My Life is Murder

Lucy Lawless plays a Melbourne private investigator in the AcornTV series "My Life is Murder."

It happens almost every night at my house, a strange sound coming from our bedroom or the living room. It’s the sound of people muttering in Norwegian.

When my wife wants to unwind after a long day, she pulls out her iPad and streams a dark, mystery series, usually from some Scandinavian country. They often take place at night, in the middle of winter, and often involve humorless, troubled detectives delving into a town’s shameful secrets to find a brutal killer.

The ideal image for these series is of a dead body frozen in ice. This is my wife’s idea of comfort food.

A lot of these shows are terrific, but what if you want a mystery show that’s a little lighter, a little sunnier? Prescribe yourself a weekly dose of “My Life is Murder,” the new Australian series that premieres new episodes each Monday on Acorn TV.

The big draw of “Murder” is that it stars Lucy Lawless, famous worldwide for playing “Xena: Warrior Princess” in the ‘90s and other larger-than-life roles on “Ash Vs. Evil Dead” and “Spartacus: Blood and Sand.” The second biggest draw of the series is that Lawless finally gets to play a normal person (something she already proved she could do on her guest run on “Parks & Recreation).

Lawless plays Alexa Crowe, a widowed former Melbourne police detective who now works as a private investigator, solving cases sent her way on the sly by a former colleague (Bernard Curry). In the era of “Broadchurch” and “The Killing,” “My Life is Murder” is a throwback to old TV detective shows like “Murder, She Wrote,” where Crowe always cracks this episode’s case before the closing credits roll.

But the old detective show that it most resembles is “Columbo,” in that from the start of each episode, we’re pretty sure we know who the killer is. Crowe does too, she just has to prove it. In the premiere, for example, a wealthy woman falls from her death from an escort’s high-rise apartment? Did the escort do it? I mean, probably, but the fun comes in watching as Crowe pretends to be another paying customer as she tries to figure out how and why.

The show takes place under the sunny skies of Melbourne, and that breeziness seeps into almost every aspect of the show. It’s light on violence (we don’t even see that wealthy woman’s dead body!) and there’s plenty of witty dialogue, especially between Crowe and her assistant Madison (Ebony Vagulans).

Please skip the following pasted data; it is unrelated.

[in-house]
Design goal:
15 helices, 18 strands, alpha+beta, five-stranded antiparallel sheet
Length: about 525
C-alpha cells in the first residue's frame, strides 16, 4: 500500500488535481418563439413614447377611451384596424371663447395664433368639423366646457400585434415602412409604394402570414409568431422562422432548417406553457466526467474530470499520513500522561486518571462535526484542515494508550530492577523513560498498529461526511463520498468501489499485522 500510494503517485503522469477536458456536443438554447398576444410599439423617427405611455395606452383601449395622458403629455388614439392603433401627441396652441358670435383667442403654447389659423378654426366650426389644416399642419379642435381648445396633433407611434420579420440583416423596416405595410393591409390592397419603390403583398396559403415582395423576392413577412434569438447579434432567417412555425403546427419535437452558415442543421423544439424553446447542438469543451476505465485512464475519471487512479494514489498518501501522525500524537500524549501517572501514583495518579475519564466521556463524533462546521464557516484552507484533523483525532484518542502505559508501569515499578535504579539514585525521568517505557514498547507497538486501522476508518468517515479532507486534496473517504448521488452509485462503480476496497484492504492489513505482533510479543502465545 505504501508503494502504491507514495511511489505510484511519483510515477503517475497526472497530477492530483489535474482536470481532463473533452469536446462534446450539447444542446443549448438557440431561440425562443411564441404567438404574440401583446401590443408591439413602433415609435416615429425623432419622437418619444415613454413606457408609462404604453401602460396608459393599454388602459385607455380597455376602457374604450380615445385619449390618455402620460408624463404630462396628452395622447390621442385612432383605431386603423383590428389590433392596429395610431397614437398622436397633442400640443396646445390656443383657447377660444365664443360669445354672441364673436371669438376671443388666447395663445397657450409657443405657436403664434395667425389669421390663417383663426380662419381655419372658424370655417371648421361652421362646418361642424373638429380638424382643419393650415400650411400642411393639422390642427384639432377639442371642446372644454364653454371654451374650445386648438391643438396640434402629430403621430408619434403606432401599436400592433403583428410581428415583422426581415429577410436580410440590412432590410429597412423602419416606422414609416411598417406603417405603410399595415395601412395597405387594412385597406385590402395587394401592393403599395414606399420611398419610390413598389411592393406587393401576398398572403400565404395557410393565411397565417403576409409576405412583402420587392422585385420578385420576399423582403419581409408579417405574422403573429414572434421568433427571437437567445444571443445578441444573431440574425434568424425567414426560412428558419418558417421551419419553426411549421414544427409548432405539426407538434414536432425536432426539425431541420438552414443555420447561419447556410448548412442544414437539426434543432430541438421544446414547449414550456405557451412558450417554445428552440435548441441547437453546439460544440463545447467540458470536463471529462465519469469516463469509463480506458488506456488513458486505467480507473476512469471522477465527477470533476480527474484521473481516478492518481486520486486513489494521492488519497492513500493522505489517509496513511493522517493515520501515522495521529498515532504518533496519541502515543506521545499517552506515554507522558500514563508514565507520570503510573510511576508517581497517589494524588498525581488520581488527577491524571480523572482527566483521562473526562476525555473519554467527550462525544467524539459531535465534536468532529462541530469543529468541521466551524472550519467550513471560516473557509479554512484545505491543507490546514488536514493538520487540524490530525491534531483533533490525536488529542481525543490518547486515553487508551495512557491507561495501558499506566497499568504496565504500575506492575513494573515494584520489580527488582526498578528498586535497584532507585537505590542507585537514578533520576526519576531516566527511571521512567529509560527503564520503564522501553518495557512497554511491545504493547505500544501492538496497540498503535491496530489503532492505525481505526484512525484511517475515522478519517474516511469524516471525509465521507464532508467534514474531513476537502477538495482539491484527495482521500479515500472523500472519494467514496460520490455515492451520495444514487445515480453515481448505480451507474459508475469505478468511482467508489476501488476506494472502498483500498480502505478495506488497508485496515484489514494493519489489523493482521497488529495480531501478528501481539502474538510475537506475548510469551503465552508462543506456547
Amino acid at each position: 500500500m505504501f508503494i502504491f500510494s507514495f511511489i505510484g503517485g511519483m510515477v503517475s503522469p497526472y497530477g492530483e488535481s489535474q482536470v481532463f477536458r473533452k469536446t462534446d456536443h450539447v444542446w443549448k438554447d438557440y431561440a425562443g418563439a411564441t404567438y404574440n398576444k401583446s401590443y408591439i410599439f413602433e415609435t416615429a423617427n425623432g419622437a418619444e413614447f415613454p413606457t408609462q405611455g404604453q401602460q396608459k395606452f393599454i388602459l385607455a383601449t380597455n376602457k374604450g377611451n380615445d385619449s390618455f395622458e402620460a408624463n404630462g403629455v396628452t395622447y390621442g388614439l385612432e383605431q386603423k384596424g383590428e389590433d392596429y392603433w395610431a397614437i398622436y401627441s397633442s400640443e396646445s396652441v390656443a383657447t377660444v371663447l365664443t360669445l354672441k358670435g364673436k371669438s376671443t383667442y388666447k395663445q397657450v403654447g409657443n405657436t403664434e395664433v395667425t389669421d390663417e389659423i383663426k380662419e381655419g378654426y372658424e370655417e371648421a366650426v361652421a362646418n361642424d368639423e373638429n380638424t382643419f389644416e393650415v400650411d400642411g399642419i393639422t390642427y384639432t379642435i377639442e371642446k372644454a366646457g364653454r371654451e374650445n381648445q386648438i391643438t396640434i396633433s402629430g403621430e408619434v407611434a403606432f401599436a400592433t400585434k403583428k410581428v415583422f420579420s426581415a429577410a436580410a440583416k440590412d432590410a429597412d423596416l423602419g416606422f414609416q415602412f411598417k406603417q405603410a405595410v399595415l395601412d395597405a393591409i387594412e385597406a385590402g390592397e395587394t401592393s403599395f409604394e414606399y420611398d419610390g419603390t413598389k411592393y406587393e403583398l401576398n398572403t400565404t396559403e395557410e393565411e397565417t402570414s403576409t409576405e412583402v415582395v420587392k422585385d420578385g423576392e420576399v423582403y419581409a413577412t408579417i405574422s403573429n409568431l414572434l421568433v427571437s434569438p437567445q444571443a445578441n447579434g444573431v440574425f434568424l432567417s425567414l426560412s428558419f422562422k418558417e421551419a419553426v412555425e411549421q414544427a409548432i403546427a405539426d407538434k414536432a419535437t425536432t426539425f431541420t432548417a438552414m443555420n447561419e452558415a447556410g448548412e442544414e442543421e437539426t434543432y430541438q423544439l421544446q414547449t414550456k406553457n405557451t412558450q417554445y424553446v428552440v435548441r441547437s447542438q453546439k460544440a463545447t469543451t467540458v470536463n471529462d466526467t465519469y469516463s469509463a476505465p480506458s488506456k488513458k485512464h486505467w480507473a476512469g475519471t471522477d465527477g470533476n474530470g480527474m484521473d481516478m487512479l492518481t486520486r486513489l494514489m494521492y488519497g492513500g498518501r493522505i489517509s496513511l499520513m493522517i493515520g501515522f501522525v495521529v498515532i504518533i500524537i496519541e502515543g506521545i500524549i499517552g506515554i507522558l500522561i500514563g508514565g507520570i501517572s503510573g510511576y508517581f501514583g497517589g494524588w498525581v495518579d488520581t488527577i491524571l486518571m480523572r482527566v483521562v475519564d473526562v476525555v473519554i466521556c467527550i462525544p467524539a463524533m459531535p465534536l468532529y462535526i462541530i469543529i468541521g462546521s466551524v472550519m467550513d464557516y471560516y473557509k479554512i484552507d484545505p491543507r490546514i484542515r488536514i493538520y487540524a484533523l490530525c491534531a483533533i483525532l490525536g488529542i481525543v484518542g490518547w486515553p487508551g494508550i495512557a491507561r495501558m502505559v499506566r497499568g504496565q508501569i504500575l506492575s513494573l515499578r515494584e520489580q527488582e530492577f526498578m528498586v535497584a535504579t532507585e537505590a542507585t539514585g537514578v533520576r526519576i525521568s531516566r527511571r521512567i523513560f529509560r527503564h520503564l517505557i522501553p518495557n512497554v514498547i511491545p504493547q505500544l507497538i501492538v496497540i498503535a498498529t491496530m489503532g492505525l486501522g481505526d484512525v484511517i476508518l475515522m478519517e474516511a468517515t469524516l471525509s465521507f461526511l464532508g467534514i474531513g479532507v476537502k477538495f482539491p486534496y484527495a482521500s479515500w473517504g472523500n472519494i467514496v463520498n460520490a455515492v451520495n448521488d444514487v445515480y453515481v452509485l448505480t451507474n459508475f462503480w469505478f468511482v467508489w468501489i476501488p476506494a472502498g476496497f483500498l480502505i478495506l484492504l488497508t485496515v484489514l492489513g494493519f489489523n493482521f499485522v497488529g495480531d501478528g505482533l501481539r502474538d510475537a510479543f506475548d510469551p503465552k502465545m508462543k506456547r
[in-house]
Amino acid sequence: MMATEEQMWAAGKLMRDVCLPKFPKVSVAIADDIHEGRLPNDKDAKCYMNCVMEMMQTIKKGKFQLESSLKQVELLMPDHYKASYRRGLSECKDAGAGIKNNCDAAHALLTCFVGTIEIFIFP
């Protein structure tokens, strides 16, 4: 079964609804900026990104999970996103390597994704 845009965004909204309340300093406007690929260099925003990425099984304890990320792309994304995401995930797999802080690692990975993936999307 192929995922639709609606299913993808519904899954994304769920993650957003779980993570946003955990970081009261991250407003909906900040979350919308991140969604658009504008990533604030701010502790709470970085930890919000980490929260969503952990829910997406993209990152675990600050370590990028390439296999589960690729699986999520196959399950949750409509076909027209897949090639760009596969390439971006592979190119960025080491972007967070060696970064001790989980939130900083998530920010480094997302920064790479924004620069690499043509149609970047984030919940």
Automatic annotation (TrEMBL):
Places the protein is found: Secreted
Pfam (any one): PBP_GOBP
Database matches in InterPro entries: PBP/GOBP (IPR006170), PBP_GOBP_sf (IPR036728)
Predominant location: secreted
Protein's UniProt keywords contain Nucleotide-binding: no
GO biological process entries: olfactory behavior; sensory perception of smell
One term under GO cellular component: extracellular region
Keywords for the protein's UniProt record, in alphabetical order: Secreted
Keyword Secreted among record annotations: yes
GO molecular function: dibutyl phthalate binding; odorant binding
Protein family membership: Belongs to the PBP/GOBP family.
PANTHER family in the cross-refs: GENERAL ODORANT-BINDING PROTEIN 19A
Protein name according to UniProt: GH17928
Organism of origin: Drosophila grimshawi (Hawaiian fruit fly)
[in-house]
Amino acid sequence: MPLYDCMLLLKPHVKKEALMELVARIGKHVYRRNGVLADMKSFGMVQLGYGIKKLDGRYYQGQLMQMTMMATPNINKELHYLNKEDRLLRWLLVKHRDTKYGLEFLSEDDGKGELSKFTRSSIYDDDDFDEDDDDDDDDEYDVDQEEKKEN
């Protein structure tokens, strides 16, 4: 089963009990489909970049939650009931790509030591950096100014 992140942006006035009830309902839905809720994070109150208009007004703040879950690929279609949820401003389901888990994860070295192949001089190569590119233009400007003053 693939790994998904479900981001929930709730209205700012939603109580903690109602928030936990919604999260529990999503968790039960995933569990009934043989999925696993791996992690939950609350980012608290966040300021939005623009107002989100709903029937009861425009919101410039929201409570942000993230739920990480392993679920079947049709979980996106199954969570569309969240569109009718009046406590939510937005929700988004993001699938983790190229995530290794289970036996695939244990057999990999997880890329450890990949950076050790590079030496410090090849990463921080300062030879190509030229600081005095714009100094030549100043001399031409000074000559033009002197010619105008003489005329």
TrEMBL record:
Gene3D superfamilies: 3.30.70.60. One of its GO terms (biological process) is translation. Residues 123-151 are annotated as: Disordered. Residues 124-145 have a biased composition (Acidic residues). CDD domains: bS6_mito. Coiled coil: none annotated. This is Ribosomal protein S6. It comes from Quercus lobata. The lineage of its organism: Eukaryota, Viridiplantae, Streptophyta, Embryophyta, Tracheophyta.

Lawless seems to be having a ball playing Crowe, a sharp, cheerful but complicated protagonist, getting the chance to show off her comedic as well as dramatic chops. A running joke in the series is that, while Crowe can crack the most complicated cases, she has trouble setting up and using her household appliances.

Speaking of household appliances, the only drawback to watching show about a detective named Alexa Crowe is that it drives a certain voice-activated device in your house crazy if it overhears the dialogue. Enjoy the show, but be careful – you wouldn’t want to accidentally try to order a murder weapon from Amazon.

Also on streaming: If you just need your detective shows to be grim and unrelenting, rest assured that the second season of David Fincher’s “Mindhunter” drops this Friday, Aug. 16. The show follows two FBI agents taking a new approach to profiling and catching serial killers in the 1970s and 1980s, and this season features appearances by Son of Sam and Charles Manson.

On a lighter note, the third season of my current favorite Netflix series, “GLOW,” premiered last Friday. The show, about a group of ‘80s female wrestlers, has a heart as big as the teased hair of its heroines, and the third season takes them to Las Vegas as they grapple with finally getting some fame in and out of the ring.

Street Scene” may not be the musical most familiar to fans of the genre, but the groundbreaking 1933 play, really as much of an American opera as a musical, has an impressive pedigree. Created by author Langston Hughes and composer Kurt Weill, the tragic tale of life in a New York tenement building won the first-ever Tony Award for Best Original Score. Most audiences haven’t seen a live production of “Street Scene,” but a 2018 European production is now streaming at BroadwayHD.

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Rob Thomas is the features editor and social media editor for the Capital Times, as well as its film critic. He joined the Cap Times in 1999 and has written about movies, music, food and books.